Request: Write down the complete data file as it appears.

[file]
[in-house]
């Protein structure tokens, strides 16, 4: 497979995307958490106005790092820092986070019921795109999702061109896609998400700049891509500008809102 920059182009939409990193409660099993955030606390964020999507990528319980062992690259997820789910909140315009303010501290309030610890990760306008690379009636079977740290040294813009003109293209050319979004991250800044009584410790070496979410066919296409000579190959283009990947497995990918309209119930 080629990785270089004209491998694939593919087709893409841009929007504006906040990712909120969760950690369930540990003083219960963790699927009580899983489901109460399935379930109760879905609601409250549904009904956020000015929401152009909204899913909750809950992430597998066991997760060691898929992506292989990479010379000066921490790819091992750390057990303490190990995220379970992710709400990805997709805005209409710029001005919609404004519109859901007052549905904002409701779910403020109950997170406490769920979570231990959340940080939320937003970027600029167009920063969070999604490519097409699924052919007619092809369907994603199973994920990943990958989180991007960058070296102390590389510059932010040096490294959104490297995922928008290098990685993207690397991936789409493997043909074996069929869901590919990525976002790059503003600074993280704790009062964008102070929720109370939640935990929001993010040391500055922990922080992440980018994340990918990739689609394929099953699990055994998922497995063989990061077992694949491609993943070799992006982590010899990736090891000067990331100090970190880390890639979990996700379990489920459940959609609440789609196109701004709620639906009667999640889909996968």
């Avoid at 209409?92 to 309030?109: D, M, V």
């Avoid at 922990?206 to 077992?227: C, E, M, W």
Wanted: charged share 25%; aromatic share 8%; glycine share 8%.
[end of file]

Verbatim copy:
[in-house]
């Protein structure tokens, strides 16, 4: 497979995307958490106005790092820092986070019921795109999702061109896609998400700049891509500008809102 920059182009939409990193409660099993955030606390964020999507990528319980062992690259997820789910909140315009303010501290309030610890990760306008690379009636079977740290040294813009003109293209050319979004991250800044009584410790070496979410066919296409000579190959283009990947497995990918309209119930 080629990785270089004209491998694939593919087709893409841009929007504006906040990712909120969760950690369930540990003083219960963790699927009580899983489901109460399935379930109760879905609601409250549904009904956020000015929401152009909204899913909750809950992430597998066991997760060691898929992506292989990479010379000066921490790819091992750390057990303490190990995220379970992710709400990805997709805005209409710029001005919609404004519109859901007052549905904002409701779910403020109950997170406490769920979570231990959340940080939320937003970027600029167009920063969070999604490519097409699924052919007619092809369907994603199973994920990943990958989180991007960058070296102390590389510059932010040096490294959104490297995922928008290098990685993207690397991936789409493997043909074996069929869901590919990525976002790059503003600074993280704790009062964008102070929720109370939640935990929001993010040391500055922990922080992440980018994340990918990739689609394929099953699990055994998922497995063989990061077992694949491609993943070799992006982590010899990736090891000067990331100090970190880390890639979990996700379990489920459940959609609440789609196109701004709620639906009667999640889909996968």
């Avoid at 209409?92 to 309030?109: D, M, V």
């Avoid at 922990?206 to 077992?227: C, E, M, W």
Wanted: charged share 25%; aromatic share 8%; glycine share 8%.